KITGUM, Northern Uganda – On the days when the family fails to find food in exchange for casual labour, Helen Oyela walks off to a nearby refuse area to pick pumpkin leaves. Sometimes these leaves are their only meal.
The abrupt cut in WFP food aid in April couldn’t have come at a worse time for Helen and her family. The stop -- forced by a larger funding shortfall affecting WFP programmes worldwide -- meant they would get no support through the May-June lean season.
Like many people displaced by the conflict between government forces and the Lord’s Resistance Army, the Oyelas’ have a garden which was given them to help them restart their lives.
But the gardens are withering from a drought that is partly responsible for soaring food prices. All over the region there are stories of little and late rains – likely leading to a meager and delayed main harvest. For thousands like the Oyelas, their normal source of food is literally drying up.
"Sustain the family"
“Growing food is what we know,” Oyela, 40, says. “That is how we sustain our family.”
Helen Oyela and her husband have 11 children – not all of them their own -- three cooking pans, two wash basins, a mattress and a straw broom. The couple also owns a jerry-can, a mosquito net and three water pots.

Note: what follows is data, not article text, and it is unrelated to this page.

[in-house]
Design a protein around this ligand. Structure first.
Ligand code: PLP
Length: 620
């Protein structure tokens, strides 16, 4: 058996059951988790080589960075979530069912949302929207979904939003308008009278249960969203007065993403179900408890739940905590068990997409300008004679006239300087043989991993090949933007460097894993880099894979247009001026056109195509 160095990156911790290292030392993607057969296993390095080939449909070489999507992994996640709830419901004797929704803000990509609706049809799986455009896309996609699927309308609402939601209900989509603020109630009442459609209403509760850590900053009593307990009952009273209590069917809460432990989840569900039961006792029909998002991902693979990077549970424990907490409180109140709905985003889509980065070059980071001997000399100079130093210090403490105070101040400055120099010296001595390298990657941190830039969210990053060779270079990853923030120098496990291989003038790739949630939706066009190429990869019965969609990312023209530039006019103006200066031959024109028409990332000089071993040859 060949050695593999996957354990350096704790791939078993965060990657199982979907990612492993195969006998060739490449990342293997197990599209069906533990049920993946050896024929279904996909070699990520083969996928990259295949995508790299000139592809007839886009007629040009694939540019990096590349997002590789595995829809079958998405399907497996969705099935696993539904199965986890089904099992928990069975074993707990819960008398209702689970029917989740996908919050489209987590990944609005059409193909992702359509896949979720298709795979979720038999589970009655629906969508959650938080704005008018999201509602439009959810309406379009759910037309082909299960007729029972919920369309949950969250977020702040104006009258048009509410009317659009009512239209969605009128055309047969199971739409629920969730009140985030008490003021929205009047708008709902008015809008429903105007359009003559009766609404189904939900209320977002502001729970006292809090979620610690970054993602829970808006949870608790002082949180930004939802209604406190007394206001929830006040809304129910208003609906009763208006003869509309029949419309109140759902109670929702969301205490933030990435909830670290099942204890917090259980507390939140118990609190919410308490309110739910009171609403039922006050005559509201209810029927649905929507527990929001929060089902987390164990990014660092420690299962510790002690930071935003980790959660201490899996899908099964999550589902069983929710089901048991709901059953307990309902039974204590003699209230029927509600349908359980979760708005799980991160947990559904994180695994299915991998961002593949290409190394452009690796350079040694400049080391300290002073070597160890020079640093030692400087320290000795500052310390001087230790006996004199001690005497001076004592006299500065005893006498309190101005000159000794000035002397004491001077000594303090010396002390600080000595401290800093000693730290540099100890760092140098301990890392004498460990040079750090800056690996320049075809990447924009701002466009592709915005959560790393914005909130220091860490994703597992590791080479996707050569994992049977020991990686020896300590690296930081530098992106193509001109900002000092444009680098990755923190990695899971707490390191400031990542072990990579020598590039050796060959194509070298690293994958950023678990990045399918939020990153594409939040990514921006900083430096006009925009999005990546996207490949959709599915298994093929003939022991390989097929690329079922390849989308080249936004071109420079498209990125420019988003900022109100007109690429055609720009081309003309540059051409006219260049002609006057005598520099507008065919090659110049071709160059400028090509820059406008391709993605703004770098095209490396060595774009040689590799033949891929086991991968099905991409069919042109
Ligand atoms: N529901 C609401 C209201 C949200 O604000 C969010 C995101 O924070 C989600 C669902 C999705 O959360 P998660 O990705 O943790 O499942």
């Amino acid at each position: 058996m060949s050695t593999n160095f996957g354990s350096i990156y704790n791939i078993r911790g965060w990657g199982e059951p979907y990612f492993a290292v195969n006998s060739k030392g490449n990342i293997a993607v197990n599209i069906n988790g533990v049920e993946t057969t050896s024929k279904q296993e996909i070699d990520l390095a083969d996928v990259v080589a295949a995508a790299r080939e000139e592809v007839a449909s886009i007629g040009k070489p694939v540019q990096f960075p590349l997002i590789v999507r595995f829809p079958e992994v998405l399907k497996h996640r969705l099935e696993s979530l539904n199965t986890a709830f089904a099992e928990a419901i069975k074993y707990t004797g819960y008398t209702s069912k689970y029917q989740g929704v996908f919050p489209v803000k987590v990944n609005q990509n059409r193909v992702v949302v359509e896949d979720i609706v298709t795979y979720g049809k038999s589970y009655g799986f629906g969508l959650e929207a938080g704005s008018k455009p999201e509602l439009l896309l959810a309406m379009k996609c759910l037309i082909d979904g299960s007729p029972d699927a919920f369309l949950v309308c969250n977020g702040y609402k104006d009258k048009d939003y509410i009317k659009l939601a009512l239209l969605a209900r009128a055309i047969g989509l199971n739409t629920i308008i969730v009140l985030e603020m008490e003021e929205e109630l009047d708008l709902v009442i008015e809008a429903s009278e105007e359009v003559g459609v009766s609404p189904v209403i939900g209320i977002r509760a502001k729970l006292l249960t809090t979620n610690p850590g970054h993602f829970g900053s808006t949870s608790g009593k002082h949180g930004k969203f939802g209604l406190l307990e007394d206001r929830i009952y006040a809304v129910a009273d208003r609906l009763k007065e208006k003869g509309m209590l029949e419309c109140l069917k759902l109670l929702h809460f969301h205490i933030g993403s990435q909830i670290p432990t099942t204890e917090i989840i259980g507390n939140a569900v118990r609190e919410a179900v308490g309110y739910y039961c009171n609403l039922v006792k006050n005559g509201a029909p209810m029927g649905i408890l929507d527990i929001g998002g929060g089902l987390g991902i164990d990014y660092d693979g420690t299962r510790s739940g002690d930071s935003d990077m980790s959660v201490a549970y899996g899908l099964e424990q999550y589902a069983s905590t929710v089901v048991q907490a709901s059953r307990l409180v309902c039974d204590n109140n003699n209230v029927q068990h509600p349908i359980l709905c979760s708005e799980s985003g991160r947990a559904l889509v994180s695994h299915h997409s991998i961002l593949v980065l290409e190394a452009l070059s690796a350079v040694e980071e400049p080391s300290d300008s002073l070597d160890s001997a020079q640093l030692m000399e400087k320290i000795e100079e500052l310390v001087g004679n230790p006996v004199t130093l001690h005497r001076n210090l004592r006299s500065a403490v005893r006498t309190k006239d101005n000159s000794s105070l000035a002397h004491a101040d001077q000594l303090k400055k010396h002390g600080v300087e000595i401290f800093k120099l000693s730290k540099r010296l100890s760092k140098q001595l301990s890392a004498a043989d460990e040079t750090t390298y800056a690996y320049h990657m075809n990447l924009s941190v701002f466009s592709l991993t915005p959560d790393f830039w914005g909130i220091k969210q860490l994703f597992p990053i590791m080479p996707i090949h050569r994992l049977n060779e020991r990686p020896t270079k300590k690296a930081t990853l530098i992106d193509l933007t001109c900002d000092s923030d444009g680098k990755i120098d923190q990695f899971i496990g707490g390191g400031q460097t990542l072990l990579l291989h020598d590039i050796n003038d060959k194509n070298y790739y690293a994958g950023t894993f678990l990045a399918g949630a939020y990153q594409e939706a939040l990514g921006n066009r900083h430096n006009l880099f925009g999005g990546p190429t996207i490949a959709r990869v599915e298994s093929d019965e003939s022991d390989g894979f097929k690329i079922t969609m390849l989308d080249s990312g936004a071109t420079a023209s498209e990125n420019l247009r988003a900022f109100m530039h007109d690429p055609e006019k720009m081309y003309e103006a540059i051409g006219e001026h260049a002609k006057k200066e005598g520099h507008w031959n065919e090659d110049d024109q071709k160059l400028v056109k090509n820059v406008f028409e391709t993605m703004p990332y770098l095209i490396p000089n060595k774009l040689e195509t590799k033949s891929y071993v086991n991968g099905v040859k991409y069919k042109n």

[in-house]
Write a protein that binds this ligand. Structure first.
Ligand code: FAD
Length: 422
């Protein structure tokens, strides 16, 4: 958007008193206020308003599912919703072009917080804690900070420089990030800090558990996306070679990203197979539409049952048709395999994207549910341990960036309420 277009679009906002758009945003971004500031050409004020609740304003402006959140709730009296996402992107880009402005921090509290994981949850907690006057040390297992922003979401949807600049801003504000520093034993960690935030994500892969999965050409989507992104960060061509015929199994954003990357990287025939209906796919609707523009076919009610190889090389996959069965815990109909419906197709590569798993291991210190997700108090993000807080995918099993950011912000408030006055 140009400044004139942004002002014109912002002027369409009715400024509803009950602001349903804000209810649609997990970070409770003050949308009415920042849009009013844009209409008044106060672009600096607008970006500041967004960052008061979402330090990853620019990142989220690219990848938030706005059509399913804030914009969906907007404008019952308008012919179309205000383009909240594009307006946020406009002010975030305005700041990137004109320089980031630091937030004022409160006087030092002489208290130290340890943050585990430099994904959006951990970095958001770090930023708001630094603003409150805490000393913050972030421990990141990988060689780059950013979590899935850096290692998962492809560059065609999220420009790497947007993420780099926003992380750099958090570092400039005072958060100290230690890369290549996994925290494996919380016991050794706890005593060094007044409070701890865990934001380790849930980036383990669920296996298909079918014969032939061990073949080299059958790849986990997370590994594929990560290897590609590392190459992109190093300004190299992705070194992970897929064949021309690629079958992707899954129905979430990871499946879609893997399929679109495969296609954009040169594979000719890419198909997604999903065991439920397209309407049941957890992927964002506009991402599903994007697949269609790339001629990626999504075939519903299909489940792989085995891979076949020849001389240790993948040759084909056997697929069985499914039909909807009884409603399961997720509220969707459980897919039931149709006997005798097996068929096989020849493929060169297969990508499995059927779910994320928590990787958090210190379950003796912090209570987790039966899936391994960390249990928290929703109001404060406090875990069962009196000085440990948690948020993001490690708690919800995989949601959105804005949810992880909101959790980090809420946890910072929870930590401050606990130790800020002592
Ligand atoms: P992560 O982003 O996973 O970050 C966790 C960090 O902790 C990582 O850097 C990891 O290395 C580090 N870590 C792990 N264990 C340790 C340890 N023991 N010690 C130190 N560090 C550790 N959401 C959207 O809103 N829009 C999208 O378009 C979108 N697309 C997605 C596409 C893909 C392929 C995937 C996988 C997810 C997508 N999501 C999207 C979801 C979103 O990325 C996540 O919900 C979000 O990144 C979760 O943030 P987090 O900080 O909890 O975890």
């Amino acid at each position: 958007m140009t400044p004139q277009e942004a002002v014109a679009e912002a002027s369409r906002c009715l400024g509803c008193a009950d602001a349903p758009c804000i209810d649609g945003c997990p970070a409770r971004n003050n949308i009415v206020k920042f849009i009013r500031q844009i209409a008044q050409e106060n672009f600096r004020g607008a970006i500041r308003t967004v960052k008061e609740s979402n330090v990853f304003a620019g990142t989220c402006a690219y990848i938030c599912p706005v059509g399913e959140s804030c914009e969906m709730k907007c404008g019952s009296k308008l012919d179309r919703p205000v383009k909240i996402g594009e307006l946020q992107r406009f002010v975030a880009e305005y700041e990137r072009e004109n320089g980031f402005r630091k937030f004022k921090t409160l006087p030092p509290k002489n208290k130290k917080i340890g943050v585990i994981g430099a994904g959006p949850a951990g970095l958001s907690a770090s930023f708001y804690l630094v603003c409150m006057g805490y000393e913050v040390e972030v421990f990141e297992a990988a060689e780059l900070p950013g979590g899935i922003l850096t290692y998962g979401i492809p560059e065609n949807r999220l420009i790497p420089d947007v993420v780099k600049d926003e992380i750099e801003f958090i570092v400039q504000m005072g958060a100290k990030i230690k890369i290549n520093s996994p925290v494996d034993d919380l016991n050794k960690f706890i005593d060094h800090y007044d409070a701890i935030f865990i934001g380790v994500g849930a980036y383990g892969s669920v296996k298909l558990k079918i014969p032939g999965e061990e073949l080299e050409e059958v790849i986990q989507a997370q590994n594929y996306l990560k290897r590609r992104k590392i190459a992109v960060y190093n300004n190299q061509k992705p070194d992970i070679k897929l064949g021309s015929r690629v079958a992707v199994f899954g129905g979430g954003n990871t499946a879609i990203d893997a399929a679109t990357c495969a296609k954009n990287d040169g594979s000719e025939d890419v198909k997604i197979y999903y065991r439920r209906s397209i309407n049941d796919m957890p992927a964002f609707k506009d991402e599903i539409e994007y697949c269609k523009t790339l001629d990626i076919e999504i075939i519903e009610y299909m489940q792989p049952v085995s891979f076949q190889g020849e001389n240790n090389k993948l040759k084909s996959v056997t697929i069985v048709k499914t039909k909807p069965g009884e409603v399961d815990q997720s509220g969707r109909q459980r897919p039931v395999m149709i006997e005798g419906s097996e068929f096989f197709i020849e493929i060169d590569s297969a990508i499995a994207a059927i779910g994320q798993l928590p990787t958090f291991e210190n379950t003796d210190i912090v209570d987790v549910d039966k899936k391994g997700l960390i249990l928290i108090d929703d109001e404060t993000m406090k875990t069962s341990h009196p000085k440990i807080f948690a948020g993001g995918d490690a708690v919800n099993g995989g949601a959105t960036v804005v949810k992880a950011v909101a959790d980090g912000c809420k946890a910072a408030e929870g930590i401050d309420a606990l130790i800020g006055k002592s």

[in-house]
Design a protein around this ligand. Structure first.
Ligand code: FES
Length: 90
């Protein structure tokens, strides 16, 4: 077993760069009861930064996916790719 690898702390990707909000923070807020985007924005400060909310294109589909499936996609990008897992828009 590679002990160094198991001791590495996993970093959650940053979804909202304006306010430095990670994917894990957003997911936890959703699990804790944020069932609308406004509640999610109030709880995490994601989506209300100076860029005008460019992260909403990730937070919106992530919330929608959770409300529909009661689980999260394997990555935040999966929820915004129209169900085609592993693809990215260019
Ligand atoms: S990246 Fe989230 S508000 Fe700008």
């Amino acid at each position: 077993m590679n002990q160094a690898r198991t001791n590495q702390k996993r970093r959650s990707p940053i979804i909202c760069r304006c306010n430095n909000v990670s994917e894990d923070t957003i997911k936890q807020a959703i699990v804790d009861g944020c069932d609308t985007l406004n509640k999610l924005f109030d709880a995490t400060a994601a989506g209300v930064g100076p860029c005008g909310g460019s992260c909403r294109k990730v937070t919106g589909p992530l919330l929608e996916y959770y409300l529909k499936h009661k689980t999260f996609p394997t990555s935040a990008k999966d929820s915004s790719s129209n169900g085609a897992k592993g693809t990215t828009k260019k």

As we cut through thickets to get to her garden, Oyela describes how her millet failed to germinate in April. “When the rain came, we scrambled to plant, only for the crop to die,” she says. “We’d now like to plant cassava and peas if someone can give us seeds.”
The lack of funds reaching WFP in Uganda doesn’t just affect food distributions. It also hobbles programmes such as cassava multiplication and fish farming, meaning that people’s recovery from the 20-year conflict will be slower than hoped. Learn more about WFP's funding shortfall
A July survey found that people in this area were eating smaller, fewer meals consisting mostly of starches and wild vegetables. In Kitgum district, where the Oyelas live, some 38 percent of people are scraping by this way -- compared to five percent in July 2008.
As Oyela arrives home from the garden, she gently calls to her youngest child. “Wake up, wake up,” she says as she pulls out a tired breast to feed him.
The strain shows.